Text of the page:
Ivan Fernandez Anaya helps Abel Mutai across the line

 

 

 

 

 

 

 

 

 

 

Image source: http://bit.ly/XCydAS

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Unlimited power to ask questions

“We have unlimited power to ask questions.”

“Say that again,” I said.

“We might get shot down for making a statement against the status quo but we have unlimited power to ask questions”, the executive repeated. 

This is an incredible insight. No matter how difficult the environment or how dictatorial your bosses may be, questions have the power to change thinking and that is where change starts. 

We have unlimited power to ask questions

 

 

 

 

 

 

 

 

Image source: http://bit.ly/power_to_ask_questions

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Critics don’t count

I think I can safely say that most of us enjoy compliments and feel hurt by critics. We love to feel that what we put out into the world is valued.

The quote below from Teddy Roosevelt is probably the most profound on how to ignore critics. I remember my friend Chris de Bruin quoting it many years ago when he decided to do Ironman Korea. It really resonated – so much so that I decided to do the Ironman in 2008 (success) and 2009 (DNF). I’ll be back to do it in 2017 when I turn 50. 

When I’m feeling cautious to take a risk and put my work out into the world, I re-read this quote and it all seems better.  

“It is not the critic who counts: not the man who points out how the strong man stumbles or where the doer of deeds could have done better. The credit belongs to the man who is actually in the arena, whose face is marred by dust and sweat and blood, who strives valiantly, who errs and comes up short again and again, because there is no effort without error or shortcoming, but who knows the great enthusiasms, the great devotions, who spends himself for a worthy cause; who, at the best, knows, in the end, the triumph of high achievement, and who, at the worst, if he fails, at least he fails while daring greatly, so that his place shall never be with those cold and timid souls who knew neither victory nor defeat.”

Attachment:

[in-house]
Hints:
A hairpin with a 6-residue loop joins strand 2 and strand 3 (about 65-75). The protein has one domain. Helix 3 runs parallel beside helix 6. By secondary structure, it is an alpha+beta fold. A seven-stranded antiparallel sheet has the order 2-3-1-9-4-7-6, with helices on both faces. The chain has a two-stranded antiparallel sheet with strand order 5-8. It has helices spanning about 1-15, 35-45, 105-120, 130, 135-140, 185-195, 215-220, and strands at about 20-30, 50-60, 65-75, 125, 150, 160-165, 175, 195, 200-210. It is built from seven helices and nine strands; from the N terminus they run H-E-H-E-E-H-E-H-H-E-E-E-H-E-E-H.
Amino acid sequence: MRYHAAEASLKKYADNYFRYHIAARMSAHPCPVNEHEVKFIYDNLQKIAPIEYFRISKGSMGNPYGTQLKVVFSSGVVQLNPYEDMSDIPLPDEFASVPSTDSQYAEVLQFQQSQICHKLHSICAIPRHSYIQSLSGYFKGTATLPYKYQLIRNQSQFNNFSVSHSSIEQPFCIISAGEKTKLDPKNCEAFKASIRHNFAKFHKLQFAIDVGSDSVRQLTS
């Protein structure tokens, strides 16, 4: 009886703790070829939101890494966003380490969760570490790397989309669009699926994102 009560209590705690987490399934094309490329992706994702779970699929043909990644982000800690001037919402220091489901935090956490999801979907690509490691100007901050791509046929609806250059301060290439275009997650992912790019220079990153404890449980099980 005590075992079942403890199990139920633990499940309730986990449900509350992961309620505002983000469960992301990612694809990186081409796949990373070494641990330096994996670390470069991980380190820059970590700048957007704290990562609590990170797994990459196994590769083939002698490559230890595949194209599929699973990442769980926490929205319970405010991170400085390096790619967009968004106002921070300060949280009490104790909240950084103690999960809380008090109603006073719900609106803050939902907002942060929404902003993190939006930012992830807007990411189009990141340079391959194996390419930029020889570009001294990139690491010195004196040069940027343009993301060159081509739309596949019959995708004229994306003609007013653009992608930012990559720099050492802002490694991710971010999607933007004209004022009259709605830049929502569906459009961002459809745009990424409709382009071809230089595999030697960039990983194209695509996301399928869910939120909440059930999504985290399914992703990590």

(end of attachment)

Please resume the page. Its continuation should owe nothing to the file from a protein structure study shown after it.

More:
Theodore Roosevelt 
Citizenship in a Republic, Speech at the Sorbonne, Paris
April 23, 1910

Theodore Rooselvelt speaking at the Sorbonne Paris in April 1920

 

 

 

 

 

 

 

 

 

 

 

 

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Making something outa nothing

I tweeted a quote I saw earlier today from Theodore Levitt the American economist. He said, “Creativity is thinking up new things. Innovation is doing them.”

It made me think of Outa Lappies,  the ingenious artist who lived outside Prince Albert for many years before dying in July 2011. I remember Outa (his real name Jan Schoeman) telling me that he liked to make something outa nothing. His art would consist of unusual and original creations made from pieces of glass and tins that he collected from peoples waste. What most people regarded as having no value, he would create into something of value. You can read more about Outa in the Karoo Places article.

Then this story of the Landfill Harmonic came across my desk and I was touched by the resourcefulness of the children living on a landfill in Paraguay who make music using instruments built from the trash.

Perhaps facing less choice makes it easier to walk out the door and innovative.  

Outa Lappies from near Prince Albert

 

 

 

 

 

 

 

 

 

 

 

 

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Globalisation 3.0

Globalisation
  • Globalisation 1.0 : From 1492 to 1800 countries globalised
  • Globalisation 2.0 : From 1800 to 2000 companies globalised
  • Globalisation 3.0 : Starting in 2000 individuals are now going global

Individuals globalising means you and me collaborating and competing globally with the new tools available to us. 

Sourced and adapted from: Tom Friedman / The World Is Flat

Indviduals from countries around the world collaborating and competing

Image source: http://bit.ly/WlYZfZ